By NewsDesk @infectiousdiseasenews
In Madagascar, there is a “plague season” which occurs every year, usually between September and April. Well, we’re not even half way through August and 13 suspected human plague cases have been reported in the matter of a few days–Faratsiho (9), Arivonimamo (3) and one in Ambatomirahavavy, according to a L’Express report (computer translated).
In Faratsiho, the nine cases are suspected to be pulmonary plague, a more serious form than bubonic plague that can be transmitted from person-to-person.
Bush fires and garbage piling up–“These are the forerunners of an upcoming cohabitation of humans and rats”, a spokesperson for the Ministry of Health said. At a recent epidemic prevention meeting, the Prime Minister issued a solemn appeal to fight the bush fires.
Health officials say there’s a lot to be done to prevent plague…it will require a social commitment.
Plague is an infectious disease caused by the bacterium, Yersinia pestis. It is found inanimals throughout the world, most commonly rats but other rodents like ground squirrels, prairie dogs, chipmunks, rabbits and voles. Fleas typically serve as the vector of plague. Human cases have been linked to the domestic cats and dogs that brought infected fleas into the house.
People can also get infected through direct contact with an infected animal, through inhalation and in the case of pneumonic plague, person to person.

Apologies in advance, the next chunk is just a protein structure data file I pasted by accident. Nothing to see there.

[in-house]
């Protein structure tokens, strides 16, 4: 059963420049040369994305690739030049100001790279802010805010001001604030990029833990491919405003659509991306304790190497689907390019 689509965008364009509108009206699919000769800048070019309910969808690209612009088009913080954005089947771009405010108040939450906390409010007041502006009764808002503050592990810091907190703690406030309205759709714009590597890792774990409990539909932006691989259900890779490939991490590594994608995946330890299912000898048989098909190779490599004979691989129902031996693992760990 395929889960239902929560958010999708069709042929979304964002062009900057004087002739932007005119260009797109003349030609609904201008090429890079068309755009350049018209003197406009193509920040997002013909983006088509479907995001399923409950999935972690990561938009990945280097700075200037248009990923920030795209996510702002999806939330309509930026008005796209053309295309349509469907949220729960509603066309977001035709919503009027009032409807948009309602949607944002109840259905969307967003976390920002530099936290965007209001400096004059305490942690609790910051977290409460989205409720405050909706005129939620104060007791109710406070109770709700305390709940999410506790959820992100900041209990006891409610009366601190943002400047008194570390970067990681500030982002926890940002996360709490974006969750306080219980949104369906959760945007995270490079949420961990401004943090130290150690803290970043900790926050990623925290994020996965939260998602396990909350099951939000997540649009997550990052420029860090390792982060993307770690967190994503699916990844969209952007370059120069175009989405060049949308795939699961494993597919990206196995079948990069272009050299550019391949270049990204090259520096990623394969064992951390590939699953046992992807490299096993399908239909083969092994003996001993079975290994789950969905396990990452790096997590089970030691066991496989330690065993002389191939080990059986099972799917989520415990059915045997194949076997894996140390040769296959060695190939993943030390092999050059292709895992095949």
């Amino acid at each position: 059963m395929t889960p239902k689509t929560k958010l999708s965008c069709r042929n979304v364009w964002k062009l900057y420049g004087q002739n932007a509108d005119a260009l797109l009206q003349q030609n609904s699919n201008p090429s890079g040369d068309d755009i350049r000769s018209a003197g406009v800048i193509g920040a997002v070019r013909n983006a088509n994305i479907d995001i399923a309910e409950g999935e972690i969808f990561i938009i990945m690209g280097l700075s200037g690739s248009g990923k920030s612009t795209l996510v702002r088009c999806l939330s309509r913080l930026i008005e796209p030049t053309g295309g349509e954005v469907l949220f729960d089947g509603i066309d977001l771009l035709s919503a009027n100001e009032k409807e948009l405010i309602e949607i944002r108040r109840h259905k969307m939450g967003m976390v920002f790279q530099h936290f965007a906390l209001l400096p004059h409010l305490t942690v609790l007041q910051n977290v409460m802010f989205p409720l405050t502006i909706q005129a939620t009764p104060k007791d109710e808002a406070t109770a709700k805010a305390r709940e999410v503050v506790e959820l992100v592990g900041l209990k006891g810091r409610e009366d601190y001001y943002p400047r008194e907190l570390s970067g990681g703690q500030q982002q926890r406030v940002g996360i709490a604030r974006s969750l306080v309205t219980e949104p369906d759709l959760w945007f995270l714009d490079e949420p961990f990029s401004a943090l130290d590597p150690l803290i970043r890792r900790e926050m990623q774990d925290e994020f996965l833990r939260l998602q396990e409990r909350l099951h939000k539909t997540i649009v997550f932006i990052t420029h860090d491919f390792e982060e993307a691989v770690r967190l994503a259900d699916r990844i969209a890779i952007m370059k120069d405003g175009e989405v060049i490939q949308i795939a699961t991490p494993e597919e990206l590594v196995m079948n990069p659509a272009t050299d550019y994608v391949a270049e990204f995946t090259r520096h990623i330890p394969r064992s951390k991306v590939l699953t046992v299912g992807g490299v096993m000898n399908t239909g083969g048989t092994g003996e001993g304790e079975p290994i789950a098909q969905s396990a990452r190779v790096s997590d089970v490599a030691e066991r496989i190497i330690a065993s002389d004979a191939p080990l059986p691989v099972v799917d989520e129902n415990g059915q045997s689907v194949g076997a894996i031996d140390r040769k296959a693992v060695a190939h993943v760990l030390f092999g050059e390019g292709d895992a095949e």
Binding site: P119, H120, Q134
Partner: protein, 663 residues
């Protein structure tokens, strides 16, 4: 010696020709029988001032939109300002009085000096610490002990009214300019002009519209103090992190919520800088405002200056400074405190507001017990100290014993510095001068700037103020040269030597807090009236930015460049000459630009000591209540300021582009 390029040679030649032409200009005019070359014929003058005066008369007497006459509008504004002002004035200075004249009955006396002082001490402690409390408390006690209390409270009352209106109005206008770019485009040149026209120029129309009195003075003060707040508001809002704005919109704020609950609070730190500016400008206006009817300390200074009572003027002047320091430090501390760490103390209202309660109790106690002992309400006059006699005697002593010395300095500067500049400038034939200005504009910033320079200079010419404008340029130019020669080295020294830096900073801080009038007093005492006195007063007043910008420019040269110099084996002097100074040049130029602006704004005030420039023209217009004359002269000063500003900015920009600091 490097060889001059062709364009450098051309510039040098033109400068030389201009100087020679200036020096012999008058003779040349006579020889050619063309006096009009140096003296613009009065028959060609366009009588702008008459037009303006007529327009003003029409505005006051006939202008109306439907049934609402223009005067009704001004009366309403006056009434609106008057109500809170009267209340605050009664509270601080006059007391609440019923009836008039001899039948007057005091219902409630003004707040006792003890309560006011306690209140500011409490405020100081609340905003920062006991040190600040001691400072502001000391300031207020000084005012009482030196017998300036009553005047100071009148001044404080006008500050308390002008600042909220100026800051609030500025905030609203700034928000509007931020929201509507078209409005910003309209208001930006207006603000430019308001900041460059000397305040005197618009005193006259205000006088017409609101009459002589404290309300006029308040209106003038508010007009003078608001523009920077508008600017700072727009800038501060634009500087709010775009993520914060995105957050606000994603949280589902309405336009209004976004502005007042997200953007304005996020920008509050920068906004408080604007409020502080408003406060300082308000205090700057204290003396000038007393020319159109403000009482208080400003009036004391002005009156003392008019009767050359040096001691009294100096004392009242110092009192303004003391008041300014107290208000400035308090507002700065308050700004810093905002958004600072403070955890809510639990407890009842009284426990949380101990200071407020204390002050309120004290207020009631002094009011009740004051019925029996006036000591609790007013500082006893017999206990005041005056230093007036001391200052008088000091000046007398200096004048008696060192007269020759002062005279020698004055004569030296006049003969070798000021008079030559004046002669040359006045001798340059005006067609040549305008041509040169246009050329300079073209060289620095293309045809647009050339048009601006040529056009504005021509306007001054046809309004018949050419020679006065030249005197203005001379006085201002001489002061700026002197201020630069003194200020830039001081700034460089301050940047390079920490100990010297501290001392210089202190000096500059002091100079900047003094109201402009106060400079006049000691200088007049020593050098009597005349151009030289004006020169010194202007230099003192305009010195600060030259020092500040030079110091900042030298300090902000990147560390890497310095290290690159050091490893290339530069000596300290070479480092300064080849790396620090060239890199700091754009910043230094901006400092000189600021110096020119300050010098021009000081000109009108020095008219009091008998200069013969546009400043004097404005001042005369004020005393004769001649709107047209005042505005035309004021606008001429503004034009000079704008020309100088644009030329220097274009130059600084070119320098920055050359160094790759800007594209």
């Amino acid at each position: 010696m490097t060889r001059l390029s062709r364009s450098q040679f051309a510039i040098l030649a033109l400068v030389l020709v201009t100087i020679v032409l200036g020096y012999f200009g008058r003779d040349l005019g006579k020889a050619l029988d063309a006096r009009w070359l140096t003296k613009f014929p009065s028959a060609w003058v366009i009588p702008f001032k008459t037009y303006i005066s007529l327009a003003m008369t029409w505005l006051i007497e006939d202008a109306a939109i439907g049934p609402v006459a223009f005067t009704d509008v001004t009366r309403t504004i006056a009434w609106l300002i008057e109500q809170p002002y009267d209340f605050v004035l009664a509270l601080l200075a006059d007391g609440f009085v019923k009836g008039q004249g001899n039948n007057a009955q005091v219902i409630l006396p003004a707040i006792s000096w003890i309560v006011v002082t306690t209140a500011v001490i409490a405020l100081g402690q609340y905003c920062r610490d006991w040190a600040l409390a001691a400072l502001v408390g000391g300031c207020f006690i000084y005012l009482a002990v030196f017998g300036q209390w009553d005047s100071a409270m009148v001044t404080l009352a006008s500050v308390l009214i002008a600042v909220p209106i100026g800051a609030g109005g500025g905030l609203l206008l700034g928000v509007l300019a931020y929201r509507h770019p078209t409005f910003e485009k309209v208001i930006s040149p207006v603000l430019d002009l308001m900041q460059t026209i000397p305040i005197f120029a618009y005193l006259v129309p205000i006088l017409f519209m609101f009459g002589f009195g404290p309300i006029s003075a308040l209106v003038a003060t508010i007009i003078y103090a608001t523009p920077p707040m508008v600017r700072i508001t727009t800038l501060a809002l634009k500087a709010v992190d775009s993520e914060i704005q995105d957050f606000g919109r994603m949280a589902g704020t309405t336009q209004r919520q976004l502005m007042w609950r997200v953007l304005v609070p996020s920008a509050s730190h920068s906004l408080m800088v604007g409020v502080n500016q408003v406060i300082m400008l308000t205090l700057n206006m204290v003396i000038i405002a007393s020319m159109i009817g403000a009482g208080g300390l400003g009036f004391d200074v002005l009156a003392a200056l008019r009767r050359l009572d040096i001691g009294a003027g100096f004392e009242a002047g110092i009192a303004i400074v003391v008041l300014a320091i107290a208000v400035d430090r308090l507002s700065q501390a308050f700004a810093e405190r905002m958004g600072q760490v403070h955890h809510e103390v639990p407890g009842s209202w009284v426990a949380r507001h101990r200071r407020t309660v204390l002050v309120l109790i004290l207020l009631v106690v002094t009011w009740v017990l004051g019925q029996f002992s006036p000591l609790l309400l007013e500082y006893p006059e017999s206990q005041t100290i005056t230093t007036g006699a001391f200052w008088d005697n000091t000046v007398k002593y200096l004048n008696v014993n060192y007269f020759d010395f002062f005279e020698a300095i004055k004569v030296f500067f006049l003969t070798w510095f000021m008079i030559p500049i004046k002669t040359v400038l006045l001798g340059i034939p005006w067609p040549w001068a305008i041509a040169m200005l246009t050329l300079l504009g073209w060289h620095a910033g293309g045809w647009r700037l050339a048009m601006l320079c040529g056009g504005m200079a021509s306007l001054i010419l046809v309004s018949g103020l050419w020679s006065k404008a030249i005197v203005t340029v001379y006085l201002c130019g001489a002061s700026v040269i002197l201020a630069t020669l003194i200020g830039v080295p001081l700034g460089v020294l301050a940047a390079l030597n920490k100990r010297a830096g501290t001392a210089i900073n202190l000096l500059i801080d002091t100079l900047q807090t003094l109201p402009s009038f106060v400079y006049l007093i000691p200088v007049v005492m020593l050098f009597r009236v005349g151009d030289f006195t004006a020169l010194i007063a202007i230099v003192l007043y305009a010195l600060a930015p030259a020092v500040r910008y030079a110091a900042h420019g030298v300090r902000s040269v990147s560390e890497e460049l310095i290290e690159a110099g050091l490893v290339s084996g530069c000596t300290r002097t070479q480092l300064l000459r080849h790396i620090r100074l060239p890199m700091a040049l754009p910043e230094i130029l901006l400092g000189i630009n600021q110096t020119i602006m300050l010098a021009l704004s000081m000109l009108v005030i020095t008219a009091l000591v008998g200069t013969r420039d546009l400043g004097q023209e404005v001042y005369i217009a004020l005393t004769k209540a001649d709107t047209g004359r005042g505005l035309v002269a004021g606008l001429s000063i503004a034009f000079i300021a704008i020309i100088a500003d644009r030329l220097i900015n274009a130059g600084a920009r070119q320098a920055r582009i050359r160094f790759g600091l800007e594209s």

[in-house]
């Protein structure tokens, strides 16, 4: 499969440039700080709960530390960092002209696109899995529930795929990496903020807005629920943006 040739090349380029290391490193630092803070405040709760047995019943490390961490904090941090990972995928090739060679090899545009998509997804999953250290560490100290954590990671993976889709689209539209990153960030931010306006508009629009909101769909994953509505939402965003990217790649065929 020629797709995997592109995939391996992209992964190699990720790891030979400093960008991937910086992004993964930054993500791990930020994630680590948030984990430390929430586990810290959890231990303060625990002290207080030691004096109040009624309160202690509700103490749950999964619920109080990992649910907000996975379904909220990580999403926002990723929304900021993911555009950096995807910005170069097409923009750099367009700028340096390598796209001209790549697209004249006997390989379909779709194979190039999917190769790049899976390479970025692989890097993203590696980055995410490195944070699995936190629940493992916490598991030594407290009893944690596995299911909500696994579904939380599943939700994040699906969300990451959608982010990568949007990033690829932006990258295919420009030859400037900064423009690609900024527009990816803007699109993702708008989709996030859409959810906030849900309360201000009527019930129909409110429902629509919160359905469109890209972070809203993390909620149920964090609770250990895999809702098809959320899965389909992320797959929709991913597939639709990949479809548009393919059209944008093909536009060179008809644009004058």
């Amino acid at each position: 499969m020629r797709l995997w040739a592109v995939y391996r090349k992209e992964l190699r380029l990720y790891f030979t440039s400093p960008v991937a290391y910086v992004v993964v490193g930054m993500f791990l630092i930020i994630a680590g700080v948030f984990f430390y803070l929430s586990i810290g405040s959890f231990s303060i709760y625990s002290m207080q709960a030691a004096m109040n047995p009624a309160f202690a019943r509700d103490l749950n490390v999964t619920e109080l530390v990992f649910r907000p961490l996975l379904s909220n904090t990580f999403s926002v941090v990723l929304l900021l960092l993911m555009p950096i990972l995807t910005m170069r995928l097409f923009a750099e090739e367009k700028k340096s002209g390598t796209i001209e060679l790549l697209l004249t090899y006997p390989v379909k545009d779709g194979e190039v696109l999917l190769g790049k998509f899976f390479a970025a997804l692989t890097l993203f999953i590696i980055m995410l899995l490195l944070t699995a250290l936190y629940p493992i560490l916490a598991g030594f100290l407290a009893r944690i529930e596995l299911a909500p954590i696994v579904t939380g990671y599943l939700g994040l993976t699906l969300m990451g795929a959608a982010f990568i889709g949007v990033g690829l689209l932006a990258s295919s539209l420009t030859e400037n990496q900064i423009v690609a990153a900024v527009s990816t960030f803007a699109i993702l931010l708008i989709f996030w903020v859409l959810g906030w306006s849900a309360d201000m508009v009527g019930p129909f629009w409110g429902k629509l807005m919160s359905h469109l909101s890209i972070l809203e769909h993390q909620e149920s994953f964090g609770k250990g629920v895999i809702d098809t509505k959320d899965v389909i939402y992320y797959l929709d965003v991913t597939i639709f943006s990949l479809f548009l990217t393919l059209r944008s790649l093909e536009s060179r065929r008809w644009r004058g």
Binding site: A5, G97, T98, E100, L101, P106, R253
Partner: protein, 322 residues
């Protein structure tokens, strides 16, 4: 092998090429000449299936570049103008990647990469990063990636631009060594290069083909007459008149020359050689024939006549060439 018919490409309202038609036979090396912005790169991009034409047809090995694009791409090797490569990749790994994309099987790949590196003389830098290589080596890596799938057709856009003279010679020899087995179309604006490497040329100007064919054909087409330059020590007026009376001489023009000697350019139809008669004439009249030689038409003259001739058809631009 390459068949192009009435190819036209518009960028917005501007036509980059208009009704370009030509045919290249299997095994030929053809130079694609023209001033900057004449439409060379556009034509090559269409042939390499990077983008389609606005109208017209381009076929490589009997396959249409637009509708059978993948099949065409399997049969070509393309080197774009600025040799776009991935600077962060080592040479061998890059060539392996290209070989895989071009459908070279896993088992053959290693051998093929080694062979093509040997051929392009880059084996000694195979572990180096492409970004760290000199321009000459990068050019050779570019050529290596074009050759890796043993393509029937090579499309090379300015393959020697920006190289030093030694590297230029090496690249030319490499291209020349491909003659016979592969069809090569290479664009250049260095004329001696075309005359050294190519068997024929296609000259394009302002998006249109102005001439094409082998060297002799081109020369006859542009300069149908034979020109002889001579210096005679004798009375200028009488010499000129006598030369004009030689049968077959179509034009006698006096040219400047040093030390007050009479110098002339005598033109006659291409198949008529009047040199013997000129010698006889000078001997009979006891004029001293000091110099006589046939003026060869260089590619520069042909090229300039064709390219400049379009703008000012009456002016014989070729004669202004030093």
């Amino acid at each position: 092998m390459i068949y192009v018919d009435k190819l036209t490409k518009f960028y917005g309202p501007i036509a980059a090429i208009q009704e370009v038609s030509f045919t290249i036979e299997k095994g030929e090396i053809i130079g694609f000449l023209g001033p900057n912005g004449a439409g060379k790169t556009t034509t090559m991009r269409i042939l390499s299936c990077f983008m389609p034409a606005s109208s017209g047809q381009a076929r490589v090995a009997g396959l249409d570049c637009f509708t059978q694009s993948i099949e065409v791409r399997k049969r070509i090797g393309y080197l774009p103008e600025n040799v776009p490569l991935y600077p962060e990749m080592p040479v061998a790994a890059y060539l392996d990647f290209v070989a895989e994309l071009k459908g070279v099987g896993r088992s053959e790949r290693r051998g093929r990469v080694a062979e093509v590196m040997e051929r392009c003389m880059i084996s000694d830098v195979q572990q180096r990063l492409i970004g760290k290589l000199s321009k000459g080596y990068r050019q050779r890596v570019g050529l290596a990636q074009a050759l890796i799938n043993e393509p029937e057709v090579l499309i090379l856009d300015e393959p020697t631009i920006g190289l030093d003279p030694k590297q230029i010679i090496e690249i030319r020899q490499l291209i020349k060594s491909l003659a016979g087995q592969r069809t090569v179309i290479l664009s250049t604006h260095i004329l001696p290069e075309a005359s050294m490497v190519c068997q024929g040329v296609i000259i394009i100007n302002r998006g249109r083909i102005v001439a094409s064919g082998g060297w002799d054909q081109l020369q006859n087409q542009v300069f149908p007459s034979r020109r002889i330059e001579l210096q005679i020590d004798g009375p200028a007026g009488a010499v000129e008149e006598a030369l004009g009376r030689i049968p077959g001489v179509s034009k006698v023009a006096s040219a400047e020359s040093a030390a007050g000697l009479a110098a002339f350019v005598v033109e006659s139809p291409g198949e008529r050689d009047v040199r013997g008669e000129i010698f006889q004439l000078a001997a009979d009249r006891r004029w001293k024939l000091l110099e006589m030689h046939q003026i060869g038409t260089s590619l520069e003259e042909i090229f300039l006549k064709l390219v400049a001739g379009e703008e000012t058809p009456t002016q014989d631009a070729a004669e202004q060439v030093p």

Yersinia pestis is treatable with antibiotics if started early enough.
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There are three forms of human plague; bubonic, septicemic and pneumonic.
Bubonic plague: This is the most common form. In this form, the bacteria enter the body through the bite of an infected flea or rodent. Here the bacteria infect the lymphatic system. After a few days to week, the person will experience fever, chills, weakness, and swollen lymph glands. These are called buboes.
Untreated bubonic plague is fatal about half the time.
Septicemic plague: This form is also contracted from a flea or rodent bite. Sometimes it appears subsequent to untreated bubonic or pneumonic plague. It involves bloodstream dissemination to all areas of the body. Buboes do not occur. Symptoms are endotoxic shock and disseminated intravascular coagulation. Untreated septicemic plague is nearly always fatal.
Pneumonic plague: Probably the most serious form of plague and it’s when the bacteria infect the lungs and cause pneumonia. It is contracted when the bacteria is inhaled (primary) or develops when bubonic or septicemic plague spreads to the lungs.
Pneumonic plague is contagious and can be transmitted person to person. It is highly communicable under appropriate climate conditions, overcrowding and cool temperatures. Untreated pneumonic plague is frequently fatal.
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